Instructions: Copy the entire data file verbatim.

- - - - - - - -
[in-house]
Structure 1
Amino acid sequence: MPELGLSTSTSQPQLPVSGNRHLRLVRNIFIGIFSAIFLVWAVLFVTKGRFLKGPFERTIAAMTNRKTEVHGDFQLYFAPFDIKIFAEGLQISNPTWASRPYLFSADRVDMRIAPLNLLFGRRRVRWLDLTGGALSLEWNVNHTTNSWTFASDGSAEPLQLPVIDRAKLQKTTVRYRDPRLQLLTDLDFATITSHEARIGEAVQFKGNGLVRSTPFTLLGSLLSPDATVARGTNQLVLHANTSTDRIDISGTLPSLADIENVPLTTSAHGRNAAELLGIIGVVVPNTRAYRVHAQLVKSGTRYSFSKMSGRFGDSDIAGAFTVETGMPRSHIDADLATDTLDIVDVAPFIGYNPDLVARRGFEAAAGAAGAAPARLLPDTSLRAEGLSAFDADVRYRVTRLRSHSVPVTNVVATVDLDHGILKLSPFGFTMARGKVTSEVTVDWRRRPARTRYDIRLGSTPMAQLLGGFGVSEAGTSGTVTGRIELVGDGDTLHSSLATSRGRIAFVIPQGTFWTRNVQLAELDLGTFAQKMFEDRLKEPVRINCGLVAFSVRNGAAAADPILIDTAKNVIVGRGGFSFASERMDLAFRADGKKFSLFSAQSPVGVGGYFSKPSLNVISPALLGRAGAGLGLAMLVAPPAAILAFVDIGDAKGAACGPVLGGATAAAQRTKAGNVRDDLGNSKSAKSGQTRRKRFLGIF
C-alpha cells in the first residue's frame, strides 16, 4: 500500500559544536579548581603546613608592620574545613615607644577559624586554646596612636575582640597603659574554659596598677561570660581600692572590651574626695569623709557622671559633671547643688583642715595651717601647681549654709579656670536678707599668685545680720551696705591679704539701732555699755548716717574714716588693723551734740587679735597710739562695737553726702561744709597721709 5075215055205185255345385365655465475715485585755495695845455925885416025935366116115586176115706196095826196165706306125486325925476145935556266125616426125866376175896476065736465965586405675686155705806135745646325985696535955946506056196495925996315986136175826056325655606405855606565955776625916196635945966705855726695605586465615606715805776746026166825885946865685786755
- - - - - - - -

[in-house]
Structure 1
Amino acid sequence: MPELGLSTSTSQPQLPVSGNRHLRLVRNIFIGIFSAIFLVWAVLFVTKGRFLKGPFERTIAAMTNRKTEVHGDFQLYFAPFDIKIFAEGLQISNPTWASRPYLFSADRVDMRIAPLNLLFGRRRVRWLDLTGGALSLEWNVNHTTNSWTFASDGSAEPLQLPVIDRAKLQKTTVRYRDPRLQLLTDLDFATITSHEARIGEAVQFKGNGLVRSTPFTLLGSLLSPDATVARGTNQLVLHANTSTDRIDISGTLPSLADIENVPLTTSAHGRNAAELLGIIGVVVPNTRAYRVHAQLVKSGTRYSFSKMSGRFGDSDIAGAFTVETGMPRSHIDADLATDTLDIVDVAPFIGYNPDLVARRGFEAAAGAAGAAPARLLPDTSLRAEGLSAFDADVRYRVTRLRSHSVPVTNVVATVDLDHGILKLSPFGFTMARGKVTSEVTVDWRRRPARTRYDIRLGSTPMAQLLGGFGVSEAGTSGTVTGRIELVGDGDTLHSSLATSRGRIAFVIPQGTFWTRNVQLAELDLGTFAQKMFEDRLKEPVRINCGLVAFSVRNGAAAADPILIDTAKNVIVGRGGFSFASERMDLAFRADGKKFSLFSAQSPVGVGGYFSKPSLNVISPALLGRAGAGLGLAMLVAPPAAILAFVDIGDAKGAACGPVLGGATAAAQRTKAGNVRDDLGNSKSAKSGQTRRKRFLGIF
C-alpha cells in the first residue's frame, strides 16, 4: 500500500559544536579548581603546613608592620574545613615607644577559624586554646596612636575582640597603659574554659596598677561570660581600692572590651574626695569623709557622671559633671547643688583642715595651717601647681549654709579656670536678707599668685545680720551696705591679704539701732555699755548716717574714716588693723551734740587679735597710739562695737553726702561744709597721709 5075215055205185255345385365655465475715485585755495695845455925885416025935366116115586176115706196095826196165706306125486325925476145935556266125616426125866376175896476065736465965586405675686155705806135745646325985696535955946506056196495925996315986136175826056325655606405855606565955776625916196635945966705855726695605586465615606715805776746026166825885946865685786755